The Criminal Process in Atlanta, Fulton and Surrounding Counties.

process

The criminal justice system can be complex and intimidating, particularly if you are under arrest or even merely under investigation for a crime. Regardless of whether you believe you did or did not do anything illegal, it is in your best interests not to speak with anyone – including police officers, jail staff, investigators, or anyone else – without first consulting an attorney experienced in criminal defense matters. Georgia criminal defense lawyer David Schnipper can advise you of your options and discuss your rights, ensuring that your best interests are always protected.

Arrest and First Appearance

A criminal case begins with an arrest, either at a crime scene or later with a warrant. With limited exceptions, police must have a warrant issued by a magistrate judge in order to arrest a person suspected of a crime if time has elapsed since the crime occurred.

Most people are familiar with the phrase, “You have the right to remain silent . . .” but few understand the scope of that right when it is most important. When a person is taken into police custody, the police are required to inform him or her of these rights (called Miranda rights, for the Supreme Court case that established the requirement). These rights include:

  • You have the right to remain silent.
  • Anything you say or do may be used against you in a court of law.
  • You have the right to consult an attorney before speaking to the police and to have an attorney present during questioning now or in the future.
  • If you cannot afford an attorney, one will be appointed for you before any questioning, if you wish.
  • If you decide to answer any questions now, without an attorney present, you will still have the right to stop answering at any time until you talk to an attorney.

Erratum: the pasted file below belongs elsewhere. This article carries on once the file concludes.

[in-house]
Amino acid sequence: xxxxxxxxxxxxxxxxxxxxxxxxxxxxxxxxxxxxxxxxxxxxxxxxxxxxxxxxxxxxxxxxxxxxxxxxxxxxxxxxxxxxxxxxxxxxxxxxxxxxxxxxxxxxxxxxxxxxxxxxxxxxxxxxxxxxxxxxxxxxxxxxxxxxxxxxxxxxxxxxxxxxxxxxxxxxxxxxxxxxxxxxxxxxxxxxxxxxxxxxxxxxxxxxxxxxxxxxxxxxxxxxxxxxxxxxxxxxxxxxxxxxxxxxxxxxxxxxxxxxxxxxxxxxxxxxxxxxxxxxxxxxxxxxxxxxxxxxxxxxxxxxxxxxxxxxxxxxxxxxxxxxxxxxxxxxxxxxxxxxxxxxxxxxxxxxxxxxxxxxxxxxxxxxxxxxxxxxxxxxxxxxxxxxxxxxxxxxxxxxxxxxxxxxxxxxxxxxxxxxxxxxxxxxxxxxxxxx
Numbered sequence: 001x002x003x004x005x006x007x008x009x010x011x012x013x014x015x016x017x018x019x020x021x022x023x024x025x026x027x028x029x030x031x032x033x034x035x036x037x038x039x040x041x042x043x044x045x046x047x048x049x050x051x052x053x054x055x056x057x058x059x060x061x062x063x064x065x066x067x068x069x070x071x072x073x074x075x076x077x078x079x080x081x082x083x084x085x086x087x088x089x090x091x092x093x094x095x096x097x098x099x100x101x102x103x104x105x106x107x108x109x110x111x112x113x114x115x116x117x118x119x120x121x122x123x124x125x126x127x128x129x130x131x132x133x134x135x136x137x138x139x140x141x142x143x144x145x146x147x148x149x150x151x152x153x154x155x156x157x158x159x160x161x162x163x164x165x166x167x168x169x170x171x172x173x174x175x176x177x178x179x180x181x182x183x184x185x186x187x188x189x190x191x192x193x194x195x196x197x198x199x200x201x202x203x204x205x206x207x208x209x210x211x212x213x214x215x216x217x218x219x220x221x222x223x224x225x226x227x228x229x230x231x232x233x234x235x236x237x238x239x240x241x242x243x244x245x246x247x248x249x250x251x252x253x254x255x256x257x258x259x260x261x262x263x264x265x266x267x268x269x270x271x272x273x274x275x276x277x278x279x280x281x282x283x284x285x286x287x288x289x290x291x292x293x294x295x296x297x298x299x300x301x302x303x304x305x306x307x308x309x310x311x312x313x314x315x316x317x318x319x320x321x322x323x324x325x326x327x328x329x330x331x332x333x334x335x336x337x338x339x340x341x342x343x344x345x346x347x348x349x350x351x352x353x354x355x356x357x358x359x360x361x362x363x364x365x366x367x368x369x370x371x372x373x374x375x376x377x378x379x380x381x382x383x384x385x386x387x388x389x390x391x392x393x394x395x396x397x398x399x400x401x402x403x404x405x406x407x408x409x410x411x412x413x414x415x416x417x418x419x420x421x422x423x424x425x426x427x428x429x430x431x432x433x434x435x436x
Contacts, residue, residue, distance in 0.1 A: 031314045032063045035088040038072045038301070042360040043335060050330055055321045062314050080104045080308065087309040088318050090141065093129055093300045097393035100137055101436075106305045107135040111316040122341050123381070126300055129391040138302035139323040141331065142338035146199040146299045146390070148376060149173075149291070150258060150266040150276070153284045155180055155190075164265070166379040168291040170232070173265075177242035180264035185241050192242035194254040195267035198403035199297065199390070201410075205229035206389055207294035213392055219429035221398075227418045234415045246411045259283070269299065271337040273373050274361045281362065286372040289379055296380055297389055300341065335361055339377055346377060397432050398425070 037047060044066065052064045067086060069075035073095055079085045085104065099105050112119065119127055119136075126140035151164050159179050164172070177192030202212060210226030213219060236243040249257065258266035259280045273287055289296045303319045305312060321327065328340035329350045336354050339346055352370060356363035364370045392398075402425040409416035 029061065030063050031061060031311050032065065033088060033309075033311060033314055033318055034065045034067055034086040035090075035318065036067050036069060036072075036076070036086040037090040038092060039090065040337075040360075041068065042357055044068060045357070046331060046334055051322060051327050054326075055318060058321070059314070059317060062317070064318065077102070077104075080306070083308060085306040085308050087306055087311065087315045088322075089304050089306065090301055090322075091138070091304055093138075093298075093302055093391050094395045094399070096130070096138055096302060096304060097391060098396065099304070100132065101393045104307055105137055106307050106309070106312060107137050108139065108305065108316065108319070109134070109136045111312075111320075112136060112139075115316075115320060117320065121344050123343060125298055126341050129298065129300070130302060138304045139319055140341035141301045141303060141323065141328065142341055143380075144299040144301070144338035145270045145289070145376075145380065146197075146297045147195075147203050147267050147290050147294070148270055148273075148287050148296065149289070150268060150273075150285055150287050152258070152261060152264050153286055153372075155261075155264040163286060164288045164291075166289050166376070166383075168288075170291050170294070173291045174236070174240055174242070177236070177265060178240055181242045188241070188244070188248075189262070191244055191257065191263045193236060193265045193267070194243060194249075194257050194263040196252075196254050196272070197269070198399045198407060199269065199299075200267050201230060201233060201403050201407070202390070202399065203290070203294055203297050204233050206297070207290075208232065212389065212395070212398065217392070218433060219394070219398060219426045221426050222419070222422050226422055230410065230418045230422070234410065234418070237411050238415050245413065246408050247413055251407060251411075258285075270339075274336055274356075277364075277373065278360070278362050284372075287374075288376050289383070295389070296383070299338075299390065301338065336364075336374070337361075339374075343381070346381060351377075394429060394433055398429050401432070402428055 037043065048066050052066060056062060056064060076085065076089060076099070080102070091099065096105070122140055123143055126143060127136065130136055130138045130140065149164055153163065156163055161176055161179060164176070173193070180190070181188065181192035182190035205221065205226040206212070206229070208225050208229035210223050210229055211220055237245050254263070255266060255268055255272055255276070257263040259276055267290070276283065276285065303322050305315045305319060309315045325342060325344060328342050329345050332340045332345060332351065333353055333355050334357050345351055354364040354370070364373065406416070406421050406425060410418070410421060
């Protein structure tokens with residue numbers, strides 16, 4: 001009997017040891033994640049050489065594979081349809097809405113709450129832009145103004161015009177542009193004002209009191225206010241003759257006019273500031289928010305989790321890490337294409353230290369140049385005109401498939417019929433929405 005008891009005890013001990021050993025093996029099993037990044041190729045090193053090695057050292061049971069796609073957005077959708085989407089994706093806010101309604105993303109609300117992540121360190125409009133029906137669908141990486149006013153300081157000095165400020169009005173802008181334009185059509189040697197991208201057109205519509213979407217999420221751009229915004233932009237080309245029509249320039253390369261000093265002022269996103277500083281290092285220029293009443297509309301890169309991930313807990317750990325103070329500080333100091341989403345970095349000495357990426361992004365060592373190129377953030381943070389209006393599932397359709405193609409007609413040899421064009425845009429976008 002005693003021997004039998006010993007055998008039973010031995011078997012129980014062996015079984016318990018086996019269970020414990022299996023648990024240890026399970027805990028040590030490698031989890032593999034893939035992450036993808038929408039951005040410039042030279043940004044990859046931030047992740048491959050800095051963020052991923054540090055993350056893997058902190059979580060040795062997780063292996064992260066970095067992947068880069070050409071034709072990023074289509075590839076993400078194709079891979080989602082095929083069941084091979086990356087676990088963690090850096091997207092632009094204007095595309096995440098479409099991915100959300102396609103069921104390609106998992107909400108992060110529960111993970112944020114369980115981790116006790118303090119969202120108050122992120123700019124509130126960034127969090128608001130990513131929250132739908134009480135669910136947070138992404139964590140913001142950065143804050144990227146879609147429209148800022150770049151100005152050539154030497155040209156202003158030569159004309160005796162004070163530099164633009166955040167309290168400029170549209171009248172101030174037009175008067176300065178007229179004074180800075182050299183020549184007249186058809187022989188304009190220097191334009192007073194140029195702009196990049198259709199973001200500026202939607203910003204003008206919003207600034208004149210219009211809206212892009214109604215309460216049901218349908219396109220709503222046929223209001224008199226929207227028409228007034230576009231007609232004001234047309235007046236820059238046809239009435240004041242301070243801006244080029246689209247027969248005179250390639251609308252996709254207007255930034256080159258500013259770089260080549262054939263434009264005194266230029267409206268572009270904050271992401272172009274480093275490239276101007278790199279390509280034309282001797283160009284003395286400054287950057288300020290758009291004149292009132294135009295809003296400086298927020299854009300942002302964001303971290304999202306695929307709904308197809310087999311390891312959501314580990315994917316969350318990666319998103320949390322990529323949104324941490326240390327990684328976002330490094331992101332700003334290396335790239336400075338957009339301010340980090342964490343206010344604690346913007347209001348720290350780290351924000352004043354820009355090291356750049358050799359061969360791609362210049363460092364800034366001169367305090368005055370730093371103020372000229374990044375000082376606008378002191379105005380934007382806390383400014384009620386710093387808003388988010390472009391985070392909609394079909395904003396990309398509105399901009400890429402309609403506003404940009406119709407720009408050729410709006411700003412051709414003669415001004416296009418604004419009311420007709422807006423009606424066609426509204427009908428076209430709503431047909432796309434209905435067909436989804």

• Knowing and understanding your rights as I (police officer) have explained them to you, are you willing to answer my questions without an attorney present?

If you were arrested and the police did not clearly inform you of these rights, or you did not understand them, Georgia criminal defense attorney David Schnipper can mount an aggressive defense to fight any charges against you.

Once the police have read your rights, you must explicitly and unambiguously invoke them. That is, you must say to the police during or before an interrogation begins that you wish to be silent and not speak to the police without an attorney present. Failure to explicitly invoke your rights may result in you saying something incriminating that can be used as evidence against you.

Preliminary Hearing/Probable Cause Hearing

Within a few days of being arrested, you may go before a judge who decides whether to set bail and the amount if set. If you do not post bond and have not yet been indicted by a grand jury, you can request a preliminary hearing/probable cause hearing, which allows you to hear what evidence the prosecution has against you and potentially challenge the warrant as lacking probable cause. You are not entitled to a preliminary hearing/probable cause hearing if you have already been indicted or if you are already out on bond.

Accusation or Indictment

The District Attorney’s office or the Solicitor-General’s office files criminal charges against you through an accusation or an indictment. In an accusation, the prosecutor or solicitor files the charge directly with the court and is permissible only for certain types of crimes: drug offenses (except drug trafficking), forgery, identity fraud, credit card fraud, theft, and all misdemeanor offenses. All other offenses must first be presented to the grand jury for indictment. An indictment is the result of a grand jury finding that there is probable cause for criminal charges. The alleged defendant is not entitled to be present at the grand jury hearing.

Arraignment and Pre-Trial Motions

The Sixth Amendment of the U.S. Constitution guarantees criminal defendants the right to counsel at the arraignment and other “critical stages” of criminal proceedings. It is in your best interests to exercise this right, as your attorney can ensure that you understand the consequences of your case and the charges brought against you.